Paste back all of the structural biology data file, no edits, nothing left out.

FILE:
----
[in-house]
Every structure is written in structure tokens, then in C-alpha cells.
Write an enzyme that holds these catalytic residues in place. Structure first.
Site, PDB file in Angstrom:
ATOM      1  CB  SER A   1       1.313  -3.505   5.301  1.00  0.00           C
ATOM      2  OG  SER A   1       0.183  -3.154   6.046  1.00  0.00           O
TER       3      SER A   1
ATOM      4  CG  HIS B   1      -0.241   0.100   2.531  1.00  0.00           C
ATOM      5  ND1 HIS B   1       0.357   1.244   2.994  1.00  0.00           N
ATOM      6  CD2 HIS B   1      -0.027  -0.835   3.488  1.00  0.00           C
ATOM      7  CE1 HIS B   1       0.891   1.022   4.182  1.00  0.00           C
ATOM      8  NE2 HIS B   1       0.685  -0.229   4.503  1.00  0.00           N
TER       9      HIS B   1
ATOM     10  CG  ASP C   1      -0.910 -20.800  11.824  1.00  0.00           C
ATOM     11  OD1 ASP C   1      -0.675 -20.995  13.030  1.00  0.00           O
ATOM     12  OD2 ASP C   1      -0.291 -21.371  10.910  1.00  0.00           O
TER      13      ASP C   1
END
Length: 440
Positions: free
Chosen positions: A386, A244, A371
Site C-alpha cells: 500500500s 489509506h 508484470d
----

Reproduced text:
[in-house]
Every structure is written in structure tokens, then in C-alpha cells.
Write an enzyme that holds these catalytic residues in place. Structure first.
Site, PDB file in Angstrom:
ATOM      1  CB  SER A   1       1.313  -3.505   5.301  1.00  0.00           C
ATOM      2  OG  SER A   1       0.183  -3.154   6.046  1.00  0.00           O
TER       3      SER A   1
ATOM      4  CG  HIS B   1      -0.241   0.100   2.531  1.00  0.00           C
ATOM      5  ND1 HIS B   1       0.357   1.244   2.994  1.00  0.00           N
ATOM      6  CD2 HIS B   1      -0.027  -0.835   3.488  1.00  0.00           C
ATOM      7  CE1 HIS B   1       0.891   1.022   4.182  1.00  0.00           C
ATOM      8  NE2 HIS B   1       0.685  -0.229   4.503  1.00  0.00           N
TER       9      HIS B   1
ATOM     10  CG  ASP C   1      -0.910 -20.800  11.824  1.00  0.00           C
ATOM     11  OD1 ASP C   1      -0.675 -20.995  13.030  1.00  0.00           O
ATOM     12  OD2 ASP C   1      -0.291 -21.371  10.910  1.00  0.00           O
TER      13      ASP C   1
END
Length: 440
Positions: free
Chosen positions: A386, A244, A371
Site C-alpha cells: 500500500s 489509506h 508484470d